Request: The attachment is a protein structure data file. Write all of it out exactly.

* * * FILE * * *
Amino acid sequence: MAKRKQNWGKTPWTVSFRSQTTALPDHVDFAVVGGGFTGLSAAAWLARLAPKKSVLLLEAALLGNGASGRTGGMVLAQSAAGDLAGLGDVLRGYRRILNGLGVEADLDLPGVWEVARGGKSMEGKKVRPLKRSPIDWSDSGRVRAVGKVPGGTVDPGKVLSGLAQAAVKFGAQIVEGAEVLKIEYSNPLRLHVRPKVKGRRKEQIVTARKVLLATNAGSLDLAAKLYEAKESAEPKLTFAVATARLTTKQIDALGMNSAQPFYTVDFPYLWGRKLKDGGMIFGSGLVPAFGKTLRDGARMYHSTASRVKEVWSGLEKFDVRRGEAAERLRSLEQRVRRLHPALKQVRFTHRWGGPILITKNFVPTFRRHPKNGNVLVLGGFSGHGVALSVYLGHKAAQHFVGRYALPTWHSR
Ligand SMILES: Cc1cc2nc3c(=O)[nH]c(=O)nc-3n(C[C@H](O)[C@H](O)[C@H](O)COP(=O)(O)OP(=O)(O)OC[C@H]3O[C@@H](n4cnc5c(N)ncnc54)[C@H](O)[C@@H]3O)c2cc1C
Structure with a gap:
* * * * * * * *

Amino acid sequence: MAKRKQNWGKTPWTVSFRSQTTALPDHVDFAVVGGGFTGLSAAAWLARLAPKKSVLLLEAALLGNGASGRTGGMVLAQSAAGDLAGLGDVLRGYRRILNGLGVEADLDLPGVWEVARGGKSMEGKKVRPLKRSPIDWSDSGRVRAVGKVPGGTVDPGKVLSGLAQAAVKFGAQIVEGAEVLKIEYSNPLRLHVRPKVKGRRKEQIVTARKVLLATNAGSLDLAAKLYEAKESAEPKLTFAVATARLTTKQIDALGMNSAQPFYTVDFPYLWGRKLKDGGMIFGSGLVPAFGKTLRDGARMYHSTASRVKEVWSGLEKFDVRRGEAAERLRSLEQRVRRLHPALKQVRFTHRWGGPILITKNFVPTFRRHPKNGNVLVLGGFSGHGVALSVYLGHKAAQHFVGRYALPTWHSR
Ligand SMILES: Cc1cc2nc3c(=O)[nH]c(=O)nc-3n(C[C@H](O)[C@H](O)[C@H](O)COP(=O)(O)OP(=O)(O)OC[C@H]3O[C@@H](n4cnc5c(N)ncnc54)[C@H](O)[C@@H]3O)c2cc1C
Structure with a gap: